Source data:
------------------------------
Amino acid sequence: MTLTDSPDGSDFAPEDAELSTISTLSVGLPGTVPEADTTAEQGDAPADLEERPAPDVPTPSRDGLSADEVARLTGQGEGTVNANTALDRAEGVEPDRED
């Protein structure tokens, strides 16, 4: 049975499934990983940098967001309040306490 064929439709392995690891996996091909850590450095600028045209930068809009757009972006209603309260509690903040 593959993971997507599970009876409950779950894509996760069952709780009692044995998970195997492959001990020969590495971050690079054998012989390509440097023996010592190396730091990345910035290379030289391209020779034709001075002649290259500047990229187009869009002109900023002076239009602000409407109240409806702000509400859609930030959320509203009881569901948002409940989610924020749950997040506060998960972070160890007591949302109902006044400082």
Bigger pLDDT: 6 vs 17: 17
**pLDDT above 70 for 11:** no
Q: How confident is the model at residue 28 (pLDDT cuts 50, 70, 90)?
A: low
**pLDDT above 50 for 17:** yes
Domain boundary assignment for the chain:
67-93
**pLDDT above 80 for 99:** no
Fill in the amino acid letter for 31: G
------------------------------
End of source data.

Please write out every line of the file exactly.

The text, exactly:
Amino acid sequence: MTLTDSPDGSDFAPEDAELSTISTLSVGLPGTVPEADTTAEQGDAPADLEERPAPDVPTPSRDGLSADEVARLTGQGEGTVNANTALDRAEGVEPDRED
């Protein structure tokens, strides 16, 4: 049975499934990983940098967001309040306490 064929439709392995690891996996091909850590450095600028045209930068809009757009972006209603309260509690903040 593959993971997507599970009876409950779950894509996760069952709780009692044995998970195997492959001990020969590495971050690079054998012989390509440097023996010592190396730091990345910035290379030289391209020779034709001075002649290259500047990229187009869009002109900023002076239009602000409407109240409806702000509400859609930030959320509203009881569901948002409940989610924020749950997040506060998960972070160890007591949302109902006044400082």
Bigger pLDDT: 6 vs 17: 17
**pLDDT above 70 for 11:** no
Q: How confident is the model at residue 28 (pLDDT cuts 50, 70, 90)?
A: low
**pLDDT above 50 for 17:** yes
Domain boundary assignment for the chain:
67-93
**pLDDT above 80 for 99:** no
Fill in the amino acid letter for 31: G